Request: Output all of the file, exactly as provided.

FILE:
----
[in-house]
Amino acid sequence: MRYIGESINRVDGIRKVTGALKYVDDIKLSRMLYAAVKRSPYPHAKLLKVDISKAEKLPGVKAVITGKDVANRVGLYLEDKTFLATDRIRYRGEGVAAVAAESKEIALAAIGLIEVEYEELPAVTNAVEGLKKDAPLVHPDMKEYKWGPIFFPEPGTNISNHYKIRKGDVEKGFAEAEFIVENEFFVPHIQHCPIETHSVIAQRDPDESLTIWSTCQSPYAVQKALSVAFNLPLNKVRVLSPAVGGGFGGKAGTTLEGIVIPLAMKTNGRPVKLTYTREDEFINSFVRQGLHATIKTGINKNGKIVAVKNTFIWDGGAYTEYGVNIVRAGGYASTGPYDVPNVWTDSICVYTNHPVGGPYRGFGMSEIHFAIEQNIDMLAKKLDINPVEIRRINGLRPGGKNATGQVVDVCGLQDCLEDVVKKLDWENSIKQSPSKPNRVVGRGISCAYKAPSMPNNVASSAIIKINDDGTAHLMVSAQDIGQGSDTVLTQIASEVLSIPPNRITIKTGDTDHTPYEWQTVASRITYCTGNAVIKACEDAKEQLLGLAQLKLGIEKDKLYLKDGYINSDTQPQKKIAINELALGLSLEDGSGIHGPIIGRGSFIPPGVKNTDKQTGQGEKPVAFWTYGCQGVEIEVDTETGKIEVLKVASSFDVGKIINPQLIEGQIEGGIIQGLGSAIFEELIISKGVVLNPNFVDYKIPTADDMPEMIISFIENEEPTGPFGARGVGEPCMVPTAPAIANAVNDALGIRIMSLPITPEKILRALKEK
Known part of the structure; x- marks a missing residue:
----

[in-house]
Amino acid sequence: MRYIGESINRVDGIRKVTGALKYVDDIKLSRMLYAAVKRSPYPHAKLLKVDISKAEKLPGVKAVITGKDVANRVGLYLEDKTFLATDRIRYRGEGVAAVAAESKEIALAAIGLIEVEYEELPAVTNAVEGLKKDAPLVHPDMKEYKWGPIFFPEPGTNISNHYKIRKGDVEKGFAEAEFIVENEFFVPHIQHCPIETHSVIAQRDPDESLTIWSTCQSPYAVQKALSVAFNLPLNKVRVLSPAVGGGFGGKAGTTLEGIVIPLAMKTNGRPVKLTYTREDEFINSFVRQGLHATIKTGINKNGKIVAVKNTFIWDGGAYTEYGVNIVRAGGYASTGPYDVPNVWTDSICVYTNHPVGGPYRGFGMSEIHFAIEQNIDMLAKKLDINPVEIRRINGLRPGGKNATGQVVDVCGLQDCLEDVVKKLDWENSIKQSPSKPNRVVGRGISCAYKAPSMPNNVASSAIIKINDDGTAHLMVSAQDIGQGSDTVLTQIASEVLSIPPNRITIKTGDTDHTPYEWQTVASRITYCTGNAVIKACEDAKEQLLGLAQLKLGIEKDKLYLKDGYINSDTQPQKKIAINELALGLSLEDGSGIHGPIIGRGSFIPPGVKNTDKQTGQGEKPVAFWTYGCQGVEIEVDTETGKIEVLKVASSFDVGKIINPQLIEGQIEGGIIQGLGSAIFEELIISKGVVLNPNFVDYKIPTADDMPEMIISFIENEEPTGPFGARGVGEPCMVPTAPAIANAVNDALGIRIMSLPITPEKILRALKEK
Known part of the structure; x- marks a missing residue: